The Levon Travel said since breads signify a request to pagan gods to send a “fertile” year, the mother bakes the bread for the family and hides a coin in the dough.

The bread is then divided into several slices and the rest of the family takes a slice, hoping to find the coin since a great year is waiting for the one who has it.

Armenians also believe that when baking bread for New Year’s Eve, a special ingredient should be mixed with the dough: one’s wishes for the year.

They also have “Tari Hats,” a kind of bread that is designed with images of animals and temples.

  • Sleeping on mistletoe

When the Irish celebrate New Year, the mistletoe is still part of the hype.

Your subscription could not be saved. Please try again.
Your subscription has been successful.

Subscribe to our daily newsletter

By providing an email address. I agree to the Terms of Use and acknowledge that I have read the Privacy Policy.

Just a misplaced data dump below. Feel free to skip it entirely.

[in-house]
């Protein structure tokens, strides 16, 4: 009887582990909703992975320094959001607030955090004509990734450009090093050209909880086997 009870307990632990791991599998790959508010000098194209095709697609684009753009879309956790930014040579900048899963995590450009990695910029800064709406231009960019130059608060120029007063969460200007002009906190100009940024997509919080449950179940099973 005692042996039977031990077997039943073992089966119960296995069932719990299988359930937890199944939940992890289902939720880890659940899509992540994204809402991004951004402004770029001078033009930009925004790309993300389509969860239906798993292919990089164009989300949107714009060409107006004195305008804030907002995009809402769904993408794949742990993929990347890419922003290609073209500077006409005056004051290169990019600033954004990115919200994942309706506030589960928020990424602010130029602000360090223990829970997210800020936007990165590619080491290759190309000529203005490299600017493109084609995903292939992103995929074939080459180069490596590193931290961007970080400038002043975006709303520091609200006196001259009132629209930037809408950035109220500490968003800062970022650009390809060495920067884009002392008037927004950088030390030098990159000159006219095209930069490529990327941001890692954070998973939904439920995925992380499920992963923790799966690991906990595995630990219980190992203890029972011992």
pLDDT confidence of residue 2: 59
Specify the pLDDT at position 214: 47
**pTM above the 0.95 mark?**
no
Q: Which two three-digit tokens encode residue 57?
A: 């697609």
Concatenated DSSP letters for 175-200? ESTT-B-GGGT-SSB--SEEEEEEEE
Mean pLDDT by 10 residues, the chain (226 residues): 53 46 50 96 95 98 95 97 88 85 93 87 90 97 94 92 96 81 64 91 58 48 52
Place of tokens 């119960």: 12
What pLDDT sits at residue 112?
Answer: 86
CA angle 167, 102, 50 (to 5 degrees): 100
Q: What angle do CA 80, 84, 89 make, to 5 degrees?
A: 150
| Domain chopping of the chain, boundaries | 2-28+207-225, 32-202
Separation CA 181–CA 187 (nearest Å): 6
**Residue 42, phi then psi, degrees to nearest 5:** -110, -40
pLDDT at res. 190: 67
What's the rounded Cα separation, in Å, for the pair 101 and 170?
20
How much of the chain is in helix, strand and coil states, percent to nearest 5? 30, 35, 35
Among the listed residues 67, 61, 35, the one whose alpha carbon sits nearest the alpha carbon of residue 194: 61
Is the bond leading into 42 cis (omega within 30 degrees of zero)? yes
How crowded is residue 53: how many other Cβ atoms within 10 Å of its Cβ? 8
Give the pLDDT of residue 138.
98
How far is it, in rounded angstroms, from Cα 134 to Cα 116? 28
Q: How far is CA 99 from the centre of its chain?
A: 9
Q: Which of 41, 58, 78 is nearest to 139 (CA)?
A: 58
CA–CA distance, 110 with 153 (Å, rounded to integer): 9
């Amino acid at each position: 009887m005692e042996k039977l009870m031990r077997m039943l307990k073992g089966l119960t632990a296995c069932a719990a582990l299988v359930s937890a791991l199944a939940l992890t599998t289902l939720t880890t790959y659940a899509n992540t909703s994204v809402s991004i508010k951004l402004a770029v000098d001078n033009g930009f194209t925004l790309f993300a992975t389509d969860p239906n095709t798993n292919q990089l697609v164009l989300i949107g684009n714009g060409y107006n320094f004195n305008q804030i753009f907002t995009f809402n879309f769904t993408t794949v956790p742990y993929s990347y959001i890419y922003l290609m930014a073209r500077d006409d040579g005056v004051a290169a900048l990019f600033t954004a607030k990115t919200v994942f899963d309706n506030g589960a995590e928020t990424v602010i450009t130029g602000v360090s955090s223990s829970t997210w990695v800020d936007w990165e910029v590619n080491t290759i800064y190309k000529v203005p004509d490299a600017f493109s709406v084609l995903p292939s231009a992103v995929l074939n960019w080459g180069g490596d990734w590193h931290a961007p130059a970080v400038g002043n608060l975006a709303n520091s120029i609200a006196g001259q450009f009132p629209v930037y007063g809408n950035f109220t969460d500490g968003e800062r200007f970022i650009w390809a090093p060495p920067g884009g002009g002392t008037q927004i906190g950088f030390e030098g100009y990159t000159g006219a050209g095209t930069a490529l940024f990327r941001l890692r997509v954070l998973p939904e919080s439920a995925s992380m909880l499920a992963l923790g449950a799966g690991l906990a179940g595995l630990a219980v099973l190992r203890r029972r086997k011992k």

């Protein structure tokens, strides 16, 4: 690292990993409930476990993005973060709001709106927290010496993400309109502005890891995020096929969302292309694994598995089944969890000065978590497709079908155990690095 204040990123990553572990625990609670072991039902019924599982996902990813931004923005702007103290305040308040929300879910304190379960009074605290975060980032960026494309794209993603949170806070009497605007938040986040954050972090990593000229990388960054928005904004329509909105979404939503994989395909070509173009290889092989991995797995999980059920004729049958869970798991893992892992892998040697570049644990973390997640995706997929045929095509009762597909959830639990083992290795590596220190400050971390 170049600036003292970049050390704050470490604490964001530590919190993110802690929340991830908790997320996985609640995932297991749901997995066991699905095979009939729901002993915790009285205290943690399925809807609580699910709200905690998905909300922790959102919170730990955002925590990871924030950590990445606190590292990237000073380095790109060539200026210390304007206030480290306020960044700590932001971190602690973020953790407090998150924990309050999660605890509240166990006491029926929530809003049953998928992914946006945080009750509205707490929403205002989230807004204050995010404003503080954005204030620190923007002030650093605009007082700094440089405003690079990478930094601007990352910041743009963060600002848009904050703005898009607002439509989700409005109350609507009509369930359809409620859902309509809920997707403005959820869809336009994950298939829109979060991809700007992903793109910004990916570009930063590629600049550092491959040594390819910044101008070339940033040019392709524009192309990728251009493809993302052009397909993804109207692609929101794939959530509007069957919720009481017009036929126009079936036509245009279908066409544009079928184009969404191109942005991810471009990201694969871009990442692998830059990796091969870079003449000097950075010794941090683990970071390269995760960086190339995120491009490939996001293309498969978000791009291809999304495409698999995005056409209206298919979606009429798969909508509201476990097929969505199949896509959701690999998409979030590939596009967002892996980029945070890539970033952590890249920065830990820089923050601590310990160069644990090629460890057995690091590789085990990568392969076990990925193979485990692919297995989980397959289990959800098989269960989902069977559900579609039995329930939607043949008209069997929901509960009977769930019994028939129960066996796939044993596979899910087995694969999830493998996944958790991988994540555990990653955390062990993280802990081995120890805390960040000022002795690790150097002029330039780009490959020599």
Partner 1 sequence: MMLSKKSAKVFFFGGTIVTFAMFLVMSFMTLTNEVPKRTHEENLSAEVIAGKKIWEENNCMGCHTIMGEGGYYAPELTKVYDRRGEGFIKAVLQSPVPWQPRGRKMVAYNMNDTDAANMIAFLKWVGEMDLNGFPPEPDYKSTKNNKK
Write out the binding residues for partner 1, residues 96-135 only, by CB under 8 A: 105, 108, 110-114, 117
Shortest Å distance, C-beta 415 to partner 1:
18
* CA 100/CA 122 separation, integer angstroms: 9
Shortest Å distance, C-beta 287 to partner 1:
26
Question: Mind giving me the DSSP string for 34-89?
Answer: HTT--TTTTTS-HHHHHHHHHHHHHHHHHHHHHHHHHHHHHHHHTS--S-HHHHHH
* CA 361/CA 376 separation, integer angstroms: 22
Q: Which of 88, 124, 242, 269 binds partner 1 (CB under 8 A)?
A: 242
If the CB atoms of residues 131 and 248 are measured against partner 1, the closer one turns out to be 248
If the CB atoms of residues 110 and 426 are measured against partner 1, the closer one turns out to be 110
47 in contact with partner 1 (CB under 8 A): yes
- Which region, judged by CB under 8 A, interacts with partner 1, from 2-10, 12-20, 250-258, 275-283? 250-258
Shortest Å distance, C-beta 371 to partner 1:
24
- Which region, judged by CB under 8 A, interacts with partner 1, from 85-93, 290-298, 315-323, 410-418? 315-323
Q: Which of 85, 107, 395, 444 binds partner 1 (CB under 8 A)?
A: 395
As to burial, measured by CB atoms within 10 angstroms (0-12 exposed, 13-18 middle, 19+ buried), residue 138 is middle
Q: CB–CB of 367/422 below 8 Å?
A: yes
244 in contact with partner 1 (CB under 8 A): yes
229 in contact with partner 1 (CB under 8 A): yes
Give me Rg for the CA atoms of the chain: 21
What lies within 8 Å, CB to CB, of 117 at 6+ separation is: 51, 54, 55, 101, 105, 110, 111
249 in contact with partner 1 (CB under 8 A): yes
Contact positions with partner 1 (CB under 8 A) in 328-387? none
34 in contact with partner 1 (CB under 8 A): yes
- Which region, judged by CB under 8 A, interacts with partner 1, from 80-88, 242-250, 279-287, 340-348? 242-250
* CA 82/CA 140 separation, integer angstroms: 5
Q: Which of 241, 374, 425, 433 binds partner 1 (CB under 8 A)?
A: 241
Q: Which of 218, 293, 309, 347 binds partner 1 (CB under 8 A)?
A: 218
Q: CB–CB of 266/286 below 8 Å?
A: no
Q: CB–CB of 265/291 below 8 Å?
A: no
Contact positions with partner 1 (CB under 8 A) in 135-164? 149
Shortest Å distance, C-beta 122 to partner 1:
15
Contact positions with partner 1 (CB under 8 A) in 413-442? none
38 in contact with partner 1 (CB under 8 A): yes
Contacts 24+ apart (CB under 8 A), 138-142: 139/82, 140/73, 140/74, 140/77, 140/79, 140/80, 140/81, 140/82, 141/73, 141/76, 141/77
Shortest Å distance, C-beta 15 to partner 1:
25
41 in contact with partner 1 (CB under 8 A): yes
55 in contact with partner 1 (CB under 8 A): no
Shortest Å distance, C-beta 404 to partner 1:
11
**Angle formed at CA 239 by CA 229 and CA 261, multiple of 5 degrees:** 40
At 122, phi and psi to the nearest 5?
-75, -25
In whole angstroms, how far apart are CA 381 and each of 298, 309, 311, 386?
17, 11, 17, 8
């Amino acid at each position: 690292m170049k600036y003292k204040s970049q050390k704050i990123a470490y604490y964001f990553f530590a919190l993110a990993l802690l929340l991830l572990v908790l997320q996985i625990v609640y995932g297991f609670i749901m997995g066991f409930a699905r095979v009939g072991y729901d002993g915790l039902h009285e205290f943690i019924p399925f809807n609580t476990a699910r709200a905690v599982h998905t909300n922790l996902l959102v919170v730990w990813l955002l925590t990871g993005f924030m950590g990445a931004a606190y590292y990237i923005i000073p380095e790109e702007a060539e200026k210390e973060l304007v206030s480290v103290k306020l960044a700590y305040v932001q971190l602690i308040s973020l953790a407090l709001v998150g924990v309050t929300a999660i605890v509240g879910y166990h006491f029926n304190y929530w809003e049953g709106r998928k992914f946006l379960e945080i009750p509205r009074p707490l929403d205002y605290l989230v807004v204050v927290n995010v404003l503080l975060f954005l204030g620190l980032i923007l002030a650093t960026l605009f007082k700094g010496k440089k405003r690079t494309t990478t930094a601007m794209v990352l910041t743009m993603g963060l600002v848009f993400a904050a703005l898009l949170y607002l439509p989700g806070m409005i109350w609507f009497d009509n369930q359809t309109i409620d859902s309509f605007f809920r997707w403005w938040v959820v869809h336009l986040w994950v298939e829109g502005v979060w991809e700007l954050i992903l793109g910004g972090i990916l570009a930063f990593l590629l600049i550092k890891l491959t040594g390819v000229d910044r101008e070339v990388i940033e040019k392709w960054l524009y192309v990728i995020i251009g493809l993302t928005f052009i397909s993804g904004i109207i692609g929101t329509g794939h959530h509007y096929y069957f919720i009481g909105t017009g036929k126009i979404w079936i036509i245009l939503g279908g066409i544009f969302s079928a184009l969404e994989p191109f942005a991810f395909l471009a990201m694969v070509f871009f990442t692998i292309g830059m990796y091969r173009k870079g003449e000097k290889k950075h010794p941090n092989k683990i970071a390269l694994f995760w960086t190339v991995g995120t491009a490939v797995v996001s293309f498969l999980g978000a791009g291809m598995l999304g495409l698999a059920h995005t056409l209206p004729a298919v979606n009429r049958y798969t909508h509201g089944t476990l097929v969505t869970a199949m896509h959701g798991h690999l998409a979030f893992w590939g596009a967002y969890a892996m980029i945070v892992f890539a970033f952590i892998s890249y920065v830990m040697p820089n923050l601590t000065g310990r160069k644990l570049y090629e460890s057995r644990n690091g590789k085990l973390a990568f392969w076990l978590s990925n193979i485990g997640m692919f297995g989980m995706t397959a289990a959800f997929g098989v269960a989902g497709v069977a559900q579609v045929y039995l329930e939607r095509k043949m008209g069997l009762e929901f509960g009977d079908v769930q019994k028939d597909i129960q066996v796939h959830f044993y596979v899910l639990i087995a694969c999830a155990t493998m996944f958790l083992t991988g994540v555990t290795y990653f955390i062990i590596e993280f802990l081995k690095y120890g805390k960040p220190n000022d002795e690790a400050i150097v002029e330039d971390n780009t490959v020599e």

The Irish Post said for individuals who are still single, a mistletoe should be placed below the pillow so that they would dream of their future husband or wife.

RELATED STORY: Weird and wonderful Christmas customs across the globe



TAGS: 2022, INQFocus, New Year, Traditions

Your subscription could not be saved. Please try again.
Your subscription has been successful.

Subscribe to our daily newsletter

By providing an email address. I agree to the Terms of Use and acknowledge that I have read the Privacy Policy.

© Copyright 1997-2023 INQUIRER.net | All Rights Reserved

We use cookies to ensure you get the best experience on our website. By continuing, you are agreeing to our use of cookies. To find out more, please click this link.